What do bizarre delusions mean in schizophrenia?

What do bizarre delusions mean in schizophrenia?

Author Sinott, Rodrigo Google Scholar
Franco, Ana Luiza Autor UNIFESP Google Scholar
Schimidt, Fabio Google Scholar
Higuchi, Cinthia Hiroko Autor UNIFESP Google Scholar
de Araujo Filho, Gerardo Maria Google Scholar
Bressan, Rodrigo Affonseca Autor UNIFESP Google Scholar
Gadelha, Ary Autor UNIFESP Google Scholar
Ortiz, Bruno Bertolucci Autor UNIFESP Google Scholar
Abstract Background: Bizarre delusions are a hallmark of schizophrenia. The symptom Unusual Thought Content (G9) of the Positive and Negative Syndrome Scale (Kay, S.R., Flszbein, A., & Opfer, L.A. (1987). The positive and negative syndrome scale (PANSS) for schizophrenia. Schizophrenia Bulletin, 13, 261-276.) is defined as thinking characterized by strange, fantastic, or bizarre ideas, ranging from those which are remote or atypical to those which are distorted, illogical and patently absurd. The aim of the present study was to investigate the relationship between symptom severity as assessed by PANSS component G9 and the delusional content communicated by the patient. Methods: We compared the G9 PANSS scores between patients with 2, 3, 4, and 5 types of delusions. After that, clinical and demographic variables were compared between patients with G9 4 (absent to moderate severity score) and patients with G9 5 (severe to extreme severity score). Result: Patients with more types of delusions tended to have higher G9 mean scores. Patients at first episode of psychosis (P = 0.033), and with early response to antipsychotic (P = 0.001) tended to present lower G9 scores. Conclusions: This finding suggests that the clinical notion of bizarreness is more associated with a chaotic diversity of delusional themes out of context than with a single systematized delusional core.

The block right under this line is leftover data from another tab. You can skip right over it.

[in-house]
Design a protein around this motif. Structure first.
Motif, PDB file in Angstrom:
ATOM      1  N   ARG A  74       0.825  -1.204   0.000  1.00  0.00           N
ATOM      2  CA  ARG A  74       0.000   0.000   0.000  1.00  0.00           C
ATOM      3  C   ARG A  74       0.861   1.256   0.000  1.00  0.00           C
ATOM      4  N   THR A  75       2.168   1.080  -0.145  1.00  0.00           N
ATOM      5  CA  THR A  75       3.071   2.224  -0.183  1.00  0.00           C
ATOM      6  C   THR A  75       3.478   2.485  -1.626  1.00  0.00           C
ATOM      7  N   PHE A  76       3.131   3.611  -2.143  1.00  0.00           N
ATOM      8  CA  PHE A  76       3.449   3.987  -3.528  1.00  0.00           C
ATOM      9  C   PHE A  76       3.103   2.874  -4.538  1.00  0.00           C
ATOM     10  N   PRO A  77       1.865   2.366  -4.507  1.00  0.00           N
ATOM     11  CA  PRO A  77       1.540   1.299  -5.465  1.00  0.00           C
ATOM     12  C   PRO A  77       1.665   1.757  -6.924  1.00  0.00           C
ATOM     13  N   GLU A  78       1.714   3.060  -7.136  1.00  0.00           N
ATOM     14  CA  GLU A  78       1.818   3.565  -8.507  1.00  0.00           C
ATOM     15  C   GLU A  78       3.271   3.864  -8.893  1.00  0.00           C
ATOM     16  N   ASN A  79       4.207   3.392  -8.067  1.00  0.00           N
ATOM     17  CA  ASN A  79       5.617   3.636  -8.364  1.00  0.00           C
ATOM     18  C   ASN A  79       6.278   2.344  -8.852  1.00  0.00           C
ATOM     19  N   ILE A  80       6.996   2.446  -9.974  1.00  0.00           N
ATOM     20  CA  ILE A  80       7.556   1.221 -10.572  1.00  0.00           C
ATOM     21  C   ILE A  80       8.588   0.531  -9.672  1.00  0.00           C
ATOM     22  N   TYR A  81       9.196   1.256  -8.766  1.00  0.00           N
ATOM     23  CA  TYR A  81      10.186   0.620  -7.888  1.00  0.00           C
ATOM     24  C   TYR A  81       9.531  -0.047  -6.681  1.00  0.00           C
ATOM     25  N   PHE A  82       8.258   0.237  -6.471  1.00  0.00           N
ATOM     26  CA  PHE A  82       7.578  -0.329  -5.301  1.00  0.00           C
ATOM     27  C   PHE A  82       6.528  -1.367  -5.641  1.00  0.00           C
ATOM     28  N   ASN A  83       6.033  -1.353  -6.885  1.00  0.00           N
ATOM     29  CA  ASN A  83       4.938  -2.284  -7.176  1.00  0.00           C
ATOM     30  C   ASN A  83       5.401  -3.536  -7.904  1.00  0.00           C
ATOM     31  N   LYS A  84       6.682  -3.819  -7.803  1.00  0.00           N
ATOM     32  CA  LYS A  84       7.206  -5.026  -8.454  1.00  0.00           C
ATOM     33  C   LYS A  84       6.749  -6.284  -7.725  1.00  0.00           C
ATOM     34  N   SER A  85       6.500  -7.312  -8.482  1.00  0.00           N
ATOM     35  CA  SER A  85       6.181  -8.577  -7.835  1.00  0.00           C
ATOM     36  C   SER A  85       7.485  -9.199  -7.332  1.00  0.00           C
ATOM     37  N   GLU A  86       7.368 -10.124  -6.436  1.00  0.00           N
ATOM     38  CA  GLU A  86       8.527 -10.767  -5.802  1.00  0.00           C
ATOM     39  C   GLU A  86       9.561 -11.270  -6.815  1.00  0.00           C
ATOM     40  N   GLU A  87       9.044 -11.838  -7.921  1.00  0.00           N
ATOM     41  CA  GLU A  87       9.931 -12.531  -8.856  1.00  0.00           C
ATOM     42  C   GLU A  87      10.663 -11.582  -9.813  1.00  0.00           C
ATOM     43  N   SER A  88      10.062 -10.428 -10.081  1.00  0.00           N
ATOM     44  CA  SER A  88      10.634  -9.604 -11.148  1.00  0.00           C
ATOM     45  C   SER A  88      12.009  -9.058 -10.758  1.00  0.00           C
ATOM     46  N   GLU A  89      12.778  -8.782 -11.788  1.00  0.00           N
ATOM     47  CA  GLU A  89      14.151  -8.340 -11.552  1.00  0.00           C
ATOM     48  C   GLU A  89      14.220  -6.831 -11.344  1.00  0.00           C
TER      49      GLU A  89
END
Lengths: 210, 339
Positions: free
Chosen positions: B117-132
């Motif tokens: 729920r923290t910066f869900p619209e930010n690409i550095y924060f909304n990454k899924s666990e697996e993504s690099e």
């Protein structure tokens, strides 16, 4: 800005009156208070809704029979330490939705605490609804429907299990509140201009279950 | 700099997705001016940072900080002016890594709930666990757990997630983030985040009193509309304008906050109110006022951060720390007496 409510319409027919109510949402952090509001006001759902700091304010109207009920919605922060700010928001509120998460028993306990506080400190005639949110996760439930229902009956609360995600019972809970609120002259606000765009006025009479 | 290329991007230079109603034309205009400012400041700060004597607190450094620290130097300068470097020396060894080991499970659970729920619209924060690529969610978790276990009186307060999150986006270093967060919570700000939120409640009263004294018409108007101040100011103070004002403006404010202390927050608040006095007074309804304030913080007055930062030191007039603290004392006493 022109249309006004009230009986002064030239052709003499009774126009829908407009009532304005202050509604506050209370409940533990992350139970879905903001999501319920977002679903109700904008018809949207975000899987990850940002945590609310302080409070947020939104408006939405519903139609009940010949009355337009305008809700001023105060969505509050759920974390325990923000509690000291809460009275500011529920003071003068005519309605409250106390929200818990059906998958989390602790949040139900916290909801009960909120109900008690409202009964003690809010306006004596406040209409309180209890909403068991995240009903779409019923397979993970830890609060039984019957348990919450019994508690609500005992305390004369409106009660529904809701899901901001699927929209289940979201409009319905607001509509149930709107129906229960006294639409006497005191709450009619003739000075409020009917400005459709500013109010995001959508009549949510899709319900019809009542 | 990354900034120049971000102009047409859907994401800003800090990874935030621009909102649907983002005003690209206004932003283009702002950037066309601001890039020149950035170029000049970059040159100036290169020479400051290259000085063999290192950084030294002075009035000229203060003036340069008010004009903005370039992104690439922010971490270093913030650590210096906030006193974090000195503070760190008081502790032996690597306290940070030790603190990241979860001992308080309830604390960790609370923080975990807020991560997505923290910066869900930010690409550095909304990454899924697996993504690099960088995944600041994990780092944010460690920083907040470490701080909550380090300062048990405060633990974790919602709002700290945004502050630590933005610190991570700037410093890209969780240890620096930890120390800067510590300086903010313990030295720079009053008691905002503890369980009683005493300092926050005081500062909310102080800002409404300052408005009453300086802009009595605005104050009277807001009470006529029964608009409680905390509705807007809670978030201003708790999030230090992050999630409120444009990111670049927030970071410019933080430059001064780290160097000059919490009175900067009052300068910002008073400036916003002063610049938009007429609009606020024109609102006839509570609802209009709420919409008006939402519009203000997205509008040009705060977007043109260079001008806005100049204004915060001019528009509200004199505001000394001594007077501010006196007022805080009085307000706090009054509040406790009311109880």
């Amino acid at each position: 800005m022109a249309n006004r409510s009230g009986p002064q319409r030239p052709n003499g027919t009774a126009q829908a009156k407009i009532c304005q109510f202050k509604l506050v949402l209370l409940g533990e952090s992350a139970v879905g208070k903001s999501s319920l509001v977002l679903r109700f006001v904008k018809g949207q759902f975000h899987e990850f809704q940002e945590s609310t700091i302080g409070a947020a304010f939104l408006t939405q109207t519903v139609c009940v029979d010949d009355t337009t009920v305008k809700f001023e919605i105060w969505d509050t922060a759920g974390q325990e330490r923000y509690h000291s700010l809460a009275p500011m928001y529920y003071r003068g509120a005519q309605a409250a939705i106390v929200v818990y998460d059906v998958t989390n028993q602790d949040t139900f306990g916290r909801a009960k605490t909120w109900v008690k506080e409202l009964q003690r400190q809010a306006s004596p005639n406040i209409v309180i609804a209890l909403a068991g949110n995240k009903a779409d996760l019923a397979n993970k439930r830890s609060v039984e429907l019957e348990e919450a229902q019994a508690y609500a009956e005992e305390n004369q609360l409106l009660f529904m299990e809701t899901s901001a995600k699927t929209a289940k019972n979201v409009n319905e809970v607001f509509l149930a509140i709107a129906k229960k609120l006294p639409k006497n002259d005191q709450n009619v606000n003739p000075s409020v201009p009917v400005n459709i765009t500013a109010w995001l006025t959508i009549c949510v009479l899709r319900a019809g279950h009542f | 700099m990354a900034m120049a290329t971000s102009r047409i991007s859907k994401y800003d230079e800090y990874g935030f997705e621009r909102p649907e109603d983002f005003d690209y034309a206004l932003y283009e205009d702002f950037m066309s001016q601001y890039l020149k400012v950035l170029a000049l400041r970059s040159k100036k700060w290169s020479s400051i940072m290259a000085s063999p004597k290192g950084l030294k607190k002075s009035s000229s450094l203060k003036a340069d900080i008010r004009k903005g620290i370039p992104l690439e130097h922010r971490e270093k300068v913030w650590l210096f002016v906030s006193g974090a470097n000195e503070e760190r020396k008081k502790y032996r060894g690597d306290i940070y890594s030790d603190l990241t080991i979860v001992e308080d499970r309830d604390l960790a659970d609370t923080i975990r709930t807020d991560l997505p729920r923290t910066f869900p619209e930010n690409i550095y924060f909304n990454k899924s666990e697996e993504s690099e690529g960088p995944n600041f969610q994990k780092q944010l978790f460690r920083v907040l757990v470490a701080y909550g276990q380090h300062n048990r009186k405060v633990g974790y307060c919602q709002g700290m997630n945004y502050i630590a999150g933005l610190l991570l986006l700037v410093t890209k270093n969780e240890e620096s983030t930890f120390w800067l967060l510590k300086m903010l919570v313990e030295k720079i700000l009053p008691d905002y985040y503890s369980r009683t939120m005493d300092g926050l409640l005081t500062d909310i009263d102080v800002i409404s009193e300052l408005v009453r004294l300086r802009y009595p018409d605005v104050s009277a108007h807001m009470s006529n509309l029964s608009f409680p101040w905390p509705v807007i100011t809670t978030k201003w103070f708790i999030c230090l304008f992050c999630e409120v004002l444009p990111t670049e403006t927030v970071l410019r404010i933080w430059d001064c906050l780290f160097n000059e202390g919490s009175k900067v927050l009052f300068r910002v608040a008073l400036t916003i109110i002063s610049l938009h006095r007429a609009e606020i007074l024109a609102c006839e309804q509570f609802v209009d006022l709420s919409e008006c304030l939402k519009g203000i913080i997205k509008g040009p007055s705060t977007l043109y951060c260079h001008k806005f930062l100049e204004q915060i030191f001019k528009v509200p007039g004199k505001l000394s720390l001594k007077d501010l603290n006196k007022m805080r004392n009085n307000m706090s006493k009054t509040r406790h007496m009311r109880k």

Keywords bizarre delusions
schizophrenia diagnosis
delusional content
Language English
Sponsor FAPESP
Fundacao Safra
Fundacao ABADS
Eli Lilly
Date 2016
Published in Psychosis-Psychological Social And Integrative Approaches. Abingdon, v. 8, n. 3, p. 270-276, 2016.
ISSN 1752-2439 (Sherpa/Romeo, impact factor)
Publisher Routledge Journals, Taylor & Francis Ltd
Extent 270-276
Origin http://dx.doi.org/10.1080/17522439.2015.1100668
Access rights Closed access
Type Article
Web of Science ID WOS:000382196300008
URI http://repositorio.unifesp.br/handle/11600/51136

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